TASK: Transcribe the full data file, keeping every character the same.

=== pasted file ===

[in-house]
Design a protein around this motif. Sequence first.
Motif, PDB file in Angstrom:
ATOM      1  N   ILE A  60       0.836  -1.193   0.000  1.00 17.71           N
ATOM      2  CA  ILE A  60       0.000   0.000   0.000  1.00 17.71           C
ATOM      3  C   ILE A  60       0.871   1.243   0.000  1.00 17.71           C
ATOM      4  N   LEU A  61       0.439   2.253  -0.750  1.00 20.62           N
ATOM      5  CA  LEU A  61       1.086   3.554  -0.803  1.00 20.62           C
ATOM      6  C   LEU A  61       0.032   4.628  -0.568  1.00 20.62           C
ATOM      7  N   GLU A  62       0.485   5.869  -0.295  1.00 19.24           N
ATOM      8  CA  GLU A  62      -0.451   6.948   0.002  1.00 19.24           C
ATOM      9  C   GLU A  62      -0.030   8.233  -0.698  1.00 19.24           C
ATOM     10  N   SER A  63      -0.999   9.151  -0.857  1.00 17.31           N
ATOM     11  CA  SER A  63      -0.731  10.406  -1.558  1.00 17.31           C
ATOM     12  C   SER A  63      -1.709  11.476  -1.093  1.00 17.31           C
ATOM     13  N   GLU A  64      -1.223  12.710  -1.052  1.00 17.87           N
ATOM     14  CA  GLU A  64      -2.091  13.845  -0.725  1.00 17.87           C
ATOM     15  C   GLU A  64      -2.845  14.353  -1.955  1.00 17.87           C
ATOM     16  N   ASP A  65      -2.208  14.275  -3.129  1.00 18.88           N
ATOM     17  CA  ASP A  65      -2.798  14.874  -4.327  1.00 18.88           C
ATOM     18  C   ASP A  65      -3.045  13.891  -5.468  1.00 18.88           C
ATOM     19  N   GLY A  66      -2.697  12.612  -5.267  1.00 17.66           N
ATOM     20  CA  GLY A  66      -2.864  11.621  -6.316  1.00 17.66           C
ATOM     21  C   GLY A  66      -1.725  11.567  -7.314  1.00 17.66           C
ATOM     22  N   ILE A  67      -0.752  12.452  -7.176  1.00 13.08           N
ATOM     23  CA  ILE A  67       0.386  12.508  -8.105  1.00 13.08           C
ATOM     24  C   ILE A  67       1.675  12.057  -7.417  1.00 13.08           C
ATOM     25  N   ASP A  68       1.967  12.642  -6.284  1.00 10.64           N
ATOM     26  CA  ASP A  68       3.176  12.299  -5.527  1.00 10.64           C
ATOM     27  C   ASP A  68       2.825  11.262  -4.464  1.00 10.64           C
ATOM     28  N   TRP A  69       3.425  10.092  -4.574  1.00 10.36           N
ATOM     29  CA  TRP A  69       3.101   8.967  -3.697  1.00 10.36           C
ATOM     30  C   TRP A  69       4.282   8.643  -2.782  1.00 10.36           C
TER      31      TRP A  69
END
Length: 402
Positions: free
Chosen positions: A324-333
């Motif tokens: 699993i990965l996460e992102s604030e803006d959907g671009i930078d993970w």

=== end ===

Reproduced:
[in-house]
Design a protein around this motif. Sequence first.
Motif, PDB file in Angstrom:
ATOM      1  N   ILE A  60       0.836  -1.193   0.000  1.00 17.71           N
ATOM      2  CA  ILE A  60       0.000   0.000   0.000  1.00 17.71           C
ATOM      3  C   ILE A  60       0.871   1.243   0.000  1.00 17.71           C
ATOM      4  N   LEU A  61       0.439   2.253  -0.750  1.00 20.62           N
ATOM      5  CA  LEU A  61       1.086   3.554  -0.803  1.00 20.62           C
ATOM      6  C   LEU A  61       0.032   4.628  -0.568  1.00 20.62           C
ATOM      7  N   GLU A  62       0.485   5.869  -0.295  1.00 19.24           N
ATOM      8  CA  GLU A  62      -0.451   6.948   0.002  1.00 19.24           C
ATOM      9  C   GLU A  62      -0.030   8.233  -0.698  1.00 19.24           C
ATOM     10  N   SER A  63      -0.999   9.151  -0.857  1.00 17.31           N
ATOM     11  CA  SER A  63      -0.731  10.406  -1.558  1.00 17.31           C
ATOM     12  C   SER A  63      -1.709  11.476  -1.093  1.00 17.31           C
ATOM     13  N   GLU A  64      -1.223  12.710  -1.052  1.00 17.87           N
ATOM     14  CA  GLU A  64      -2.091  13.845  -0.725  1.00 17.87           C
ATOM     15  C   GLU A  64      -2.845  14.353  -1.955  1.00 17.87           C
ATOM     16  N   ASP A  65      -2.208  14.275  -3.129  1.00 18.88           N
ATOM     17  CA  ASP A  65      -2.798  14.874  -4.327  1.00 18.88           C
ATOM     18  C   ASP A  65      -3.045  13.891  -5.468  1.00 18.88           C
ATOM     19  N   GLY A  66      -2.697  12.612  -5.267  1.00 17.66           N
ATOM     20  CA  GLY A  66      -2.864  11.621  -6.316  1.00 17.66           C
ATOM     21  C   GLY A  66      -1.725  11.567  -7.314  1.00 17.66           C
ATOM     22  N   ILE A  67      -0.752  12.452  -7.176  1.00 13.08           N
ATOM     23  CA  ILE A  67       0.386  12.508  -8.105  1.00 13.08           C
ATOM     24  C   ILE A  67       1.675  12.057  -7.417  1.00 13.08           C
ATOM     25  N   ASP A  68       1.967  12.642  -6.284  1.00 10.64           N
ATOM     26  CA  ASP A  68       3.176  12.299  -5.527  1.00 10.64           C
ATOM     27  C   ASP A  68       2.825  11.262  -4.464  1.00 10.64           C
ATOM     28  N   TRP A  69       3.425  10.092  -4.574  1.00 10.36           N
ATOM     29  CA  TRP A  69       3.101   8.967  -3.697  1.00 10.36           C
ATOM     30  C   TRP A  69       4.282   8.643  -2.782  1.00 10.36           C
TER      31      TRP A  69
END
Length: 402
Positions: free
Chosen positions: A324-333
């Motif tokens: 699993i990965l996460e992102s604030e803006d959907g671009i930078d993970w």